Employment Law Alert: New York City Adopts the Freelance Isn’t Free Act
By: Peter R. Porcino
New York City’s new Freelance Isn’t Free Act goes into effect on May 15, 2017. The Act is designed to assure that freelancers are paid for their work in a timely fashion.
The main provisions of the Act require a written agreement, the right to be paid timely and in full, and the right to be free of retaliation.
The Act applies to a natural person (even if incorporated or operating in the form of a limited liability company, so long as the entity consists solely of the one person) who is retained as an independent contractor to provide services in exchange for compensation. The law excludes sales representatives, lawyers and doctors.
If services to be performed during a 120-day period will have a value of $800 or more, then a written agreement is required. The agreement must include names and addresses of the parties, an itemization of the services to be provided, the value of the services, the rate and method of compensation and the date on which the compensation will be paid. If no date is provided, then compensation will be due 30 days after completion of the work. The hiring party may not condition timely payment on the freelancer accepting less than full compensation.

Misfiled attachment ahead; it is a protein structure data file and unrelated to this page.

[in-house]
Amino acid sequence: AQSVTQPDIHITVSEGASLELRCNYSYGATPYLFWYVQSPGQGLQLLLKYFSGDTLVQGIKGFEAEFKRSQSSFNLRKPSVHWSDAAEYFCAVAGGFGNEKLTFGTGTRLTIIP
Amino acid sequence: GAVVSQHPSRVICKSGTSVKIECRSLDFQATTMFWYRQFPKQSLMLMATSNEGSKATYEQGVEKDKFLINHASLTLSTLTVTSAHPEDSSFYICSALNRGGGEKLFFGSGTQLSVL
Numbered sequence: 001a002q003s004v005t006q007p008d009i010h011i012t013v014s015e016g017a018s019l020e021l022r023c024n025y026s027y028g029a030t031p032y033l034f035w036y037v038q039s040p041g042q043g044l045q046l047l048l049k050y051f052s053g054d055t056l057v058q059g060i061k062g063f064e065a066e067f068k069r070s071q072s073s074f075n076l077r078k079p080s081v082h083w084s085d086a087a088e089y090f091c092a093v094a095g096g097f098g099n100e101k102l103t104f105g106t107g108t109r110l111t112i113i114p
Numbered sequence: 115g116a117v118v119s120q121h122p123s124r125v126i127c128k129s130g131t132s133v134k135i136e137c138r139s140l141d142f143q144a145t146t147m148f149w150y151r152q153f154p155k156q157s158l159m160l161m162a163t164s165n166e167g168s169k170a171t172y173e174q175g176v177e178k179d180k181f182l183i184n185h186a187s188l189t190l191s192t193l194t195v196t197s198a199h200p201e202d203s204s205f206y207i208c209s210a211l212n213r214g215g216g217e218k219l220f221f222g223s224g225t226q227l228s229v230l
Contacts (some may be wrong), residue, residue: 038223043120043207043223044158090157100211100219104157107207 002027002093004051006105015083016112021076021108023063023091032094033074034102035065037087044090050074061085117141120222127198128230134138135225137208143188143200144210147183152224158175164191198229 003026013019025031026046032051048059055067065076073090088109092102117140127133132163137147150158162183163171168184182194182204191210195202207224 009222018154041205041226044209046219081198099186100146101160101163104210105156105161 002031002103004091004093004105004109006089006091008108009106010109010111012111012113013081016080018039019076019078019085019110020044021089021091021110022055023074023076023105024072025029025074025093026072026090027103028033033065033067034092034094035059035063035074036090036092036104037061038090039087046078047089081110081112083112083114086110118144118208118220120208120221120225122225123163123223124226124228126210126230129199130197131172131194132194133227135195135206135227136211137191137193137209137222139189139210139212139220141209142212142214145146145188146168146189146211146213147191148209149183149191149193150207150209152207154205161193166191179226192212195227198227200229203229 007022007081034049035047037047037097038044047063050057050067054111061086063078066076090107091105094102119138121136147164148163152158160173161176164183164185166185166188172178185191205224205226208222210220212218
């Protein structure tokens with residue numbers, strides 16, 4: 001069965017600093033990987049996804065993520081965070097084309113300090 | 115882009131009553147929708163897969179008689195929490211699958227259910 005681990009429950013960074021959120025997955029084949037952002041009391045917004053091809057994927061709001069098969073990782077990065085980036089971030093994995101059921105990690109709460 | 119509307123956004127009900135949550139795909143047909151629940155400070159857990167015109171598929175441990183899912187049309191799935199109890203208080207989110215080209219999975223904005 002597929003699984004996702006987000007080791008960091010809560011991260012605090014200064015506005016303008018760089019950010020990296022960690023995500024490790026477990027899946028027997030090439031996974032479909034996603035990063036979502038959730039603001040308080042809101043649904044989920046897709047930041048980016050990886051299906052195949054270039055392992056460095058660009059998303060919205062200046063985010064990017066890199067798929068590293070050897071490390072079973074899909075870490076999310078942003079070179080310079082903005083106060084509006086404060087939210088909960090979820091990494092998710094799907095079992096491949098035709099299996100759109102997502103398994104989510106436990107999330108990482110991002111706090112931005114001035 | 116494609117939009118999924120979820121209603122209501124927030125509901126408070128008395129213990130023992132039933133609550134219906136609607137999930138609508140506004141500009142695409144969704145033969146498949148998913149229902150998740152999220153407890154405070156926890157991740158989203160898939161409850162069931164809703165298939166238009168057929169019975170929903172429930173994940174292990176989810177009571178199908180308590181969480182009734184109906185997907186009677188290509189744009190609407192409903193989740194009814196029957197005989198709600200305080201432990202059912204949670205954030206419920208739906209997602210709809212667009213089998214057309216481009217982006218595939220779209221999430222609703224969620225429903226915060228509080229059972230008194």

The City’s new Office of Labor Policy and Standards (OLPS) is in charge of enforcement. An aggrieved freelancer may file a complaint with OLPS or bring an action in court. Some penalties may apply for violation of the act. In addition, the City may bring a civil action if reasonable cause exists to believe that a hiring party is engaged in a pattern or practice of violations of the law. Fines of up to $25,000 for violations may apply.